I grew up in the Northeast, where twenty-four hour Greek diners were a natural part of the eatery landscape. They have names like ‘The Acropolis’, ‘Athenian’ or ‘Parthenon’ – possibly followed by a Roman numeral. It’s the type of establishment frequented by families for breakfast on the weekends; by senior citizens for the ‘early bird special’ – which is at least one page unto itself on the menu – and by teenagers and young adults spending their time in the wee hours of the morning working to stay just on this side of trouble.


The menu is as thick as a newspaper and includes everything from Eggs and French Toast to burgers and club sandwiches to spaghetti with meatballs or veal parmigiana to ‘Jewish Dishes’ and finally ‘Greek Specialities.’ All of these items are available twenty-four hours a day. If you are suspicious that any establishment could execute that wide a variety of items at any given time, you are wise. I recommend breakfast items, since it’s hard to prepare eggs over-easy any length of time before they are ordered. They do very few things particularly well; but they do enough things well enough. They consistently satisfy crowds at any given time of day…or night.


Instead of a neon OPEN sign, theirs is painted on the window – confirming they are indeed open twenty-four hours a day. Beneath this is the phrase ‘Bakery on Premises’. I always noticed it as a child because try as I might I couldn’t puzzle out its meaning. I mean, sure – they had a ton of baked goods: cinnamon rolls, elephant ears, muffins near the counter and usually a tall glass case with rotating shelves filled with heavy-looking cakes. Somewhere no doubt there was another case filled with pies and cookies as well. But – with a menu that has literally everything on it – why does one subset need its own declaration? As I exited my formative years I learned boring and reasonable things like requirements from local and state governments for a separate license for bakeries versus restaurants. I do not believe any include an edict, ‘To be displayed in script on the window.’ While I always found the phrase confounding, many seemed to relish the idea that theirs was a ‘Bakery on Premises’ and all the breakfast pastries and desserts were made right there! Well folks, they make everything else on the menu too, and how much of it is noteworthy? And so it is with the bakery items. The primary feature of the cakes is that they are weighty and they are thick with slick frosting. The pies are indistinguishable from those at bake sales, born of frozen pie dough and canned filling. The cookies, though, are unique. Despite extensive training as a professional baker I have not unearthed their secret. They have figured out a way to make chocolate chip cookies the consistency of compressed wet sand – the kind that holds its shape if you scrunch it in your fist (or make a sand castle out of it) but collapses into tiny coarse particles that spread to all the places you have never wanted them immediately upon exerting any sort of pressure…like, taking a bite. This sand-cookie technique is still artfully practiced; someone recently brought one to my two year old, who tracked it pretty much everywhere. Thank goodness for robot vacuums.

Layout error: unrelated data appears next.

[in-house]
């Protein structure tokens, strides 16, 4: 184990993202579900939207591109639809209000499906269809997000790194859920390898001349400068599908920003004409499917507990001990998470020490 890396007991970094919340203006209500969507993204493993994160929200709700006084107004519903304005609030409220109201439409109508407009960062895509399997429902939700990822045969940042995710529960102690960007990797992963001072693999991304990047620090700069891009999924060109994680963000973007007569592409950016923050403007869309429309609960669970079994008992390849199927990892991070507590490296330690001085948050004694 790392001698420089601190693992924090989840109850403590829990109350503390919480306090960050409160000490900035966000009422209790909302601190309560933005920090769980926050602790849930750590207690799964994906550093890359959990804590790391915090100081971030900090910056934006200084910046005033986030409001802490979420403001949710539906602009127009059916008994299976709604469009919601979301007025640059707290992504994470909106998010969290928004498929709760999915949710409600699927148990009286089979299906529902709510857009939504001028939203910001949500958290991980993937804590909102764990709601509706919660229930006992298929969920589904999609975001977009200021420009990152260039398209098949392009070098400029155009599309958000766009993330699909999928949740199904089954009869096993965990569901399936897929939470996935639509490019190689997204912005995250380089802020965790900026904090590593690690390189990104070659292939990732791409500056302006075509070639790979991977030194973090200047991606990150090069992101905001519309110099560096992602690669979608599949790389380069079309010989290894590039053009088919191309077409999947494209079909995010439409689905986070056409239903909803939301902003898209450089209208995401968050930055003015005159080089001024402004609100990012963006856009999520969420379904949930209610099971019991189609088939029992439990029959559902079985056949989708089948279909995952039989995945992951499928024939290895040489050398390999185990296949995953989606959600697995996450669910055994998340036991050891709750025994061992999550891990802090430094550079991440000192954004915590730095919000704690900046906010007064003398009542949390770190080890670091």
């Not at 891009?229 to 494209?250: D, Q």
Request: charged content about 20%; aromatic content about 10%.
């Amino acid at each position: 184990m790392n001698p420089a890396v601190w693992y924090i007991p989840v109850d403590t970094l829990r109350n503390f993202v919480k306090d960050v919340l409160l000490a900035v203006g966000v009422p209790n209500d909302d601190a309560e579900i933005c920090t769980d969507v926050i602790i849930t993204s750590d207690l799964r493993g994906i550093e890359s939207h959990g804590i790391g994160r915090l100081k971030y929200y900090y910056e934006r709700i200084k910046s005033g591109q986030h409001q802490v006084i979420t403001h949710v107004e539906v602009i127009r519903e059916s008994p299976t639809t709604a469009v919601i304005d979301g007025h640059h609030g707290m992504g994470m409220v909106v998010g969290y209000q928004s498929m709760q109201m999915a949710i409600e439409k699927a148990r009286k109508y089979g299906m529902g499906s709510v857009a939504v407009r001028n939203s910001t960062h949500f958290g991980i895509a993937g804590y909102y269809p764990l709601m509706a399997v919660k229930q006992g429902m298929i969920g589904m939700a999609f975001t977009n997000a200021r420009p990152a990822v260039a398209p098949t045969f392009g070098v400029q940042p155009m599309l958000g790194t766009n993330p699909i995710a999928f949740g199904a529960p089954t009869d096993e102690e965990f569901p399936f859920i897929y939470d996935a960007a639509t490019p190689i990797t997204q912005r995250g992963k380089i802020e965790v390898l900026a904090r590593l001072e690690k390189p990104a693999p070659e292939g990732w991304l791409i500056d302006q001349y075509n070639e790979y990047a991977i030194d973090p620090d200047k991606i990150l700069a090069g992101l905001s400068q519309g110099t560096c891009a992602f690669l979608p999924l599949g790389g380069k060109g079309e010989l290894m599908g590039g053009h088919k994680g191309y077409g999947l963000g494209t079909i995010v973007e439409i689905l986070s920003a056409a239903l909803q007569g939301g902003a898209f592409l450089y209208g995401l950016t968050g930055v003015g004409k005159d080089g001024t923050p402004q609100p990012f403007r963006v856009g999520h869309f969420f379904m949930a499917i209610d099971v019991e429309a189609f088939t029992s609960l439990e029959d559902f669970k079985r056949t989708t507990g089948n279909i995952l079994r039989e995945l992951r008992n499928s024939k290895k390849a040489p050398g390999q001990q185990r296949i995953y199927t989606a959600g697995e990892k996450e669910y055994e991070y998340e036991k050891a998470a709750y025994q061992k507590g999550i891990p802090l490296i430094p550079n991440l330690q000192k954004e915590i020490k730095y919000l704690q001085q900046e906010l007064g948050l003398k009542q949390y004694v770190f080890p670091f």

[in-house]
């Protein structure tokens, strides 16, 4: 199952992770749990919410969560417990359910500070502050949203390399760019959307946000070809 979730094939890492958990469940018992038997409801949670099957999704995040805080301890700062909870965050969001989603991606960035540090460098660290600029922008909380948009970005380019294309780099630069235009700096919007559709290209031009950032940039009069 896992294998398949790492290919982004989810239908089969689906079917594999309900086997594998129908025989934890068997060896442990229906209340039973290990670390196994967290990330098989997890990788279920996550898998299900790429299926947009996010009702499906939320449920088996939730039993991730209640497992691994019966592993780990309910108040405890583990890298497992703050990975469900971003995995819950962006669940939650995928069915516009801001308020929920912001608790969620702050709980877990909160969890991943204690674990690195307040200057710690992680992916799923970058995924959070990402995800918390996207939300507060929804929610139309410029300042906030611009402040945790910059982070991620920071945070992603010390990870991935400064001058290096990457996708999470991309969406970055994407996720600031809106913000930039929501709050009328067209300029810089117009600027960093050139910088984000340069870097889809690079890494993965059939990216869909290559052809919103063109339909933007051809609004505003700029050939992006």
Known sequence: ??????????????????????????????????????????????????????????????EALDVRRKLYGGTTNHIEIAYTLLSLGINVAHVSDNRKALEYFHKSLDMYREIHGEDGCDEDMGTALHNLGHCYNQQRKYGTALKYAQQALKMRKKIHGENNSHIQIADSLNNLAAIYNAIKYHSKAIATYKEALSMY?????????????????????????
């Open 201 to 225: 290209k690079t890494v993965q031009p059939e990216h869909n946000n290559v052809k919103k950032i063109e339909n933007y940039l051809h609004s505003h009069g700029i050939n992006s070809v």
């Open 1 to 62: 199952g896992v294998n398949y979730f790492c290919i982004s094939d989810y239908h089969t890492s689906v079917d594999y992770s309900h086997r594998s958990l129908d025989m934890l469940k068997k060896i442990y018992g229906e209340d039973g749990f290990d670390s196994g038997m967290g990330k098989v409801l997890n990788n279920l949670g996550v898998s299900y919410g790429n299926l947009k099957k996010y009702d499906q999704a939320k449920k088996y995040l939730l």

I’d like to say here that I am in no way trying to put the diner down – in fact, I wish that they weren’t a dying breed. Even beyond the nostalgia I hold for them; from times spent with family while I was young to the hours I spent in them as a teenager; the diner has value. They are consistent; they are always there – that is to say, open. And they each do some things extraordinarily well…My local diner makes excellent challah French toast (if you smuggle in your own syrup) and wonderful Spanikopita; but not necessarily better than other places that specialize in breakfast, or in Mediterranean food, respectively. Fine selections, to be sure, but in my experience each Athenian Parthenon Acropolis III has at least one item amid their sea of endless menu possibilities that they do better than any place else. And I truly mean better than ANY place else. The trick is finding what those items are. I happened to find out what my local diner’s secret perfection is fifteen years ago as teenager during a late night visit with friends; no doubt attempting to drown our angst with coffee, lots of coffee and…cheesecake. Diner cheesecake was a choice made in that moment that I probably would not make now and so I say that finding any diner’s sacrament is really based on sheer dumb luck.


As with all, my local twenty-four hour diner makes a plethora of items…satisfactorily. But what they do make to unparalleled perfection is cheesecake. They make cheesecake that occupies the perfect space in the fluffy-to-dense continuum and is so rich and creamy that I dream about it. It is about 14” in diameter and over 4” high. It has no crust at all. Sometimes it’s a hair over-baked and the top half just a little too firm or a hair under-baked and the bottom isn’t quite set…but even when the unevenness of what is likely a very old convection oven skews the consistency in one direction or the other it is still better than any cheesecake I have ever tasted. It tastes like cheese cake, with the flavors and consistency of simple ingredients. It still tastes like the soft cheese it is made from instead of just sweet or overwhelmingly vanilla or any other flavors someone has decided to doll it up with. This diner does not make any ‘flavors’ of cheesecake. It doesn’t have the gummy homogenized mouthfeel that is so frequently accompanied by cheesecake made to survive the zombie apocalypse with stabilizers and preservatives. It is unequivocally the best cheesecake I have ever had and unlike anything you can get at places where the window doesn’t say…‘Bakery on Premises.’